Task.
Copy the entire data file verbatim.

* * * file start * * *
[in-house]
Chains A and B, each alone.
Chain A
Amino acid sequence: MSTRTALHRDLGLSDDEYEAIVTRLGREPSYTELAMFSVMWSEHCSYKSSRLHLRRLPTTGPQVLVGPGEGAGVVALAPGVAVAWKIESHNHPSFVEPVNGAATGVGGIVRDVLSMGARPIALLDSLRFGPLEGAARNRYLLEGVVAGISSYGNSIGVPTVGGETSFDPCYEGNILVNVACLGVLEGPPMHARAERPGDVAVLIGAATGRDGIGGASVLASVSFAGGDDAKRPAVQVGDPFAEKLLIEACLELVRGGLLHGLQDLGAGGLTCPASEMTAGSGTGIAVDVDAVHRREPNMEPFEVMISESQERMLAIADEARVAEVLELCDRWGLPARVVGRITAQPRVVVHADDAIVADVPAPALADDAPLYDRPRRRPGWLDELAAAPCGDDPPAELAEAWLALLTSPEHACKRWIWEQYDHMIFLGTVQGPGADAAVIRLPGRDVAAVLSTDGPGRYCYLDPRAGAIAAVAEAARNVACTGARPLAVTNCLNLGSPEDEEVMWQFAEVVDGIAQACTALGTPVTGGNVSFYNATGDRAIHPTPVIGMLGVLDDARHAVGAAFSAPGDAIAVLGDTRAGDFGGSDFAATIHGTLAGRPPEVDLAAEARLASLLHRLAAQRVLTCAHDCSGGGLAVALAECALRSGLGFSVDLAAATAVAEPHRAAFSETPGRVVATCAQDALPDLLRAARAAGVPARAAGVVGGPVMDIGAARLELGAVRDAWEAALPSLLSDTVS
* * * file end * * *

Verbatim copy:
[in-house]
Chains A and B, each alone.
Chain A
Amino acid sequence: MSTRTALHRDLGLSDDEYEAIVTRLGREPSYTELAMFSVMWSEHCSYKSSRLHLRRLPTTGPQVLVGPGEGAGVVALAPGVAVAWKIESHNHPSFVEPVNGAATGVGGIVRDVLSMGARPIALLDSLRFGPLEGAARNRYLLEGVVAGISSYGNSIGVPTVGGETSFDPCYEGNILVNVACLGVLEGPPMHARAERPGDVAVLIGAATGRDGIGGASVLASVSFAGGDDAKRPAVQVGDPFAEKLLIEACLELVRGGLLHGLQDLGAGGLTCPASEMTAGSGTGIAVDVDAVHRREPNMEPFEVMISESQERMLAIADEARVAEVLELCDRWGLPARVVGRITAQPRVVVHADDAIVADVPAPALADDAPLYDRPRRRPGWLDELAAAPCGDDPPAELAEAWLALLTSPEHACKRWIWEQYDHMIFLGTVQGPGADAAVIRLPGRDVAAVLSTDGPGRYCYLDPRAGAIAAVAEAARNVACTGARPLAVTNCLNLGSPEDEEVMWQFAEVVDGIAQACTALGTPVTGGNVSFYNATGDRAIHPTPVIGMLGVLDDARHAVGAAFSAPGDAIAVLGDTRAGDFGGSDFAATIHGTLAGRPPEVDLAAEARLASLLHRLAAQRVLTCAHDCSGGGLAVALAECALRSGLGFSVDLAAATAVAEPHRAAFSETPGRVVATCAQDALPDLLRAARAAGVPARAAGVVGGPVMDIGAARLELGAVRDAWEAALPSLLSDTVS